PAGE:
Australia’s economy extended its rapid recovery in the first quarter as consumers and businesses spent with abandon, lifting output back above where it was last year when pandemic lockdowns tipped the country into recession.
The economy expanded by a real 1.8% in the three months to March, data from the Australian Bureau of Statistics (ABS) showed. Economists had forecast a 1.5% rise following an upwardly revised 3.2% gain in the fourth quarter.
The solid back-to-back quarterly growth helped annual output climb 1.1% to A$525.7 billion ($408.05 billion), a major turnaround from last year’s recession low of $468.3 billion.
Australia is in rare company here with only five other countries boasting an economy that’s larger than before the pandemic, said Kristian Kolding, a partner at Deloitte Access Economics.
On average, Australia’s rich world peers are 2.7% smaller than they were before the pandemic, Deloitte’s research found, with the United Kingdom shrinking almost 9%, the European Union contracting by 5% and the United States 1% smaller.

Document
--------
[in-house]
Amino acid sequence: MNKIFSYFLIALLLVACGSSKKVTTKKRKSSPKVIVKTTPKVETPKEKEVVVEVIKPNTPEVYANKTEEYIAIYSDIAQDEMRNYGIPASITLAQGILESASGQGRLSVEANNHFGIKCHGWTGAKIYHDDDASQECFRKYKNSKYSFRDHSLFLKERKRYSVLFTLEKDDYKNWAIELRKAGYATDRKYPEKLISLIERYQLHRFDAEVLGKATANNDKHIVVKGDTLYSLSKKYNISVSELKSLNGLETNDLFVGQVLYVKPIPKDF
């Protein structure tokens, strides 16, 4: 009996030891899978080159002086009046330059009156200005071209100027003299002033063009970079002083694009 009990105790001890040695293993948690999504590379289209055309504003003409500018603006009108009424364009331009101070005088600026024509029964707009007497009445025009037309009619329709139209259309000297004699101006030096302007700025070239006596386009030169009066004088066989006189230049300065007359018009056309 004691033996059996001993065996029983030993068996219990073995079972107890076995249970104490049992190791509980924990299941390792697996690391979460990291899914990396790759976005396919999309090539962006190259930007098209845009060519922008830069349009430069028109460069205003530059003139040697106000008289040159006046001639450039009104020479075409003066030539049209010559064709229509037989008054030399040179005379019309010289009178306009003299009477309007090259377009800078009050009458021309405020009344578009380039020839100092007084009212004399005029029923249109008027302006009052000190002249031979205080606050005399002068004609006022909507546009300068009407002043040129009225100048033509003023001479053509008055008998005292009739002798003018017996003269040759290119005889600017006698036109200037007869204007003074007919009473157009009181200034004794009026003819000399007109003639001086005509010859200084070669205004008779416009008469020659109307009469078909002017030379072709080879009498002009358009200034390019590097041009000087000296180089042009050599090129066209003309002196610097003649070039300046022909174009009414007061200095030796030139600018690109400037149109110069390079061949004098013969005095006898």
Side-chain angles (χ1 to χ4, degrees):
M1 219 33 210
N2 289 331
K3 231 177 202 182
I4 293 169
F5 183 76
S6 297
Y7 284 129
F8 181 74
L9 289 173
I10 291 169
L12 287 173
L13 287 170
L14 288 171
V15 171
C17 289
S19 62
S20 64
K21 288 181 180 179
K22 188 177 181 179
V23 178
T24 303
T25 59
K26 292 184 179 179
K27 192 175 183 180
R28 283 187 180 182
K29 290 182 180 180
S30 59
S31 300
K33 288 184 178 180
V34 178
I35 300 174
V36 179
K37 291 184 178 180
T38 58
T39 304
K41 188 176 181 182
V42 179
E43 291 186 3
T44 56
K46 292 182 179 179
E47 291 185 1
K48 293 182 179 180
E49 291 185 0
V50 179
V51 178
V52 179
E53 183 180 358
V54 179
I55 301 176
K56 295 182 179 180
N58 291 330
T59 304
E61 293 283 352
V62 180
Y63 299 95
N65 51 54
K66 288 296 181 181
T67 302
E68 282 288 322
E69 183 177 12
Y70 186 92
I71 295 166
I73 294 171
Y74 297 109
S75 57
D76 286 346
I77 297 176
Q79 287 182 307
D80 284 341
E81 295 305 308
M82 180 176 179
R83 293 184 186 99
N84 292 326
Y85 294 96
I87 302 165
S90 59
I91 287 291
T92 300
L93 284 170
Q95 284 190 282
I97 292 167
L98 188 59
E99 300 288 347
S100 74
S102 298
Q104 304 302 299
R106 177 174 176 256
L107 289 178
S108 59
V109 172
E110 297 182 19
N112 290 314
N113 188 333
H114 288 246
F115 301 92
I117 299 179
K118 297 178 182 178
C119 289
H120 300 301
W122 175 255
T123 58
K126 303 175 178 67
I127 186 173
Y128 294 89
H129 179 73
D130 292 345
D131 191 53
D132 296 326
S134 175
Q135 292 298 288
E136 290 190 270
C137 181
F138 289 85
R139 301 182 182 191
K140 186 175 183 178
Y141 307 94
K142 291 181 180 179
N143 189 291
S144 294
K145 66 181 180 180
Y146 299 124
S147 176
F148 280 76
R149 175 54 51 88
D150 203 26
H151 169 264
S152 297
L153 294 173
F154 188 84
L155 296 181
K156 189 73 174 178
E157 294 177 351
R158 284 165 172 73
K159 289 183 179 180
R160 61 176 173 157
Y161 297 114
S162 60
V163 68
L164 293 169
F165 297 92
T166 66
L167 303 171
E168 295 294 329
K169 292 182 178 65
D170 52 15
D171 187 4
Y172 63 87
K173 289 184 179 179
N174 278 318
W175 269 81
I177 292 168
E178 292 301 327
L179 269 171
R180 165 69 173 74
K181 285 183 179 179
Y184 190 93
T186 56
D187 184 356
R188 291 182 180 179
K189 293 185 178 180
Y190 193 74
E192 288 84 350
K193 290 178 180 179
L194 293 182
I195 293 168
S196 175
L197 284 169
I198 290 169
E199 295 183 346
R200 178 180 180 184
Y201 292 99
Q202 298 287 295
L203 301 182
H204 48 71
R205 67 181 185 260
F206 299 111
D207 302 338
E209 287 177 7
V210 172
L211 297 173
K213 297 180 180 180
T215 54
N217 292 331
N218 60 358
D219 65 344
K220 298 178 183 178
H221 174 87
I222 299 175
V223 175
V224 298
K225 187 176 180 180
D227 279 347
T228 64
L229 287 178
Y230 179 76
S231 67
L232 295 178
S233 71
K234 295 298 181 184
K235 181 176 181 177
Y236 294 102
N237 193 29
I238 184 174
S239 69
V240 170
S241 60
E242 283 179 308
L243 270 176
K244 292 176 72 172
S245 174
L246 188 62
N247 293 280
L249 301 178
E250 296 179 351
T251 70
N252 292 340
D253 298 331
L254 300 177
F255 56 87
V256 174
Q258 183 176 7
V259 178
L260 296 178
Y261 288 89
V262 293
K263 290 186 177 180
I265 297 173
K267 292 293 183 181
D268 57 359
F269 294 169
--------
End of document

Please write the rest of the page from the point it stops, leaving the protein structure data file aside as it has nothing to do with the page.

Australia announced strict social distancing rules in late-March to curb the coronavirus pandemic forcing businesses from retailers to cafes and restaurants to down shutters while leading hundreds of thousands to queue up for welfare payments.
But the A$2 trillion economy has since staged a remarkable comeback by keeping virus numbers in check which has allowed businesses to reopen with confidence. Hefty and timely monetary and fiscal stimulus have been beneficial too.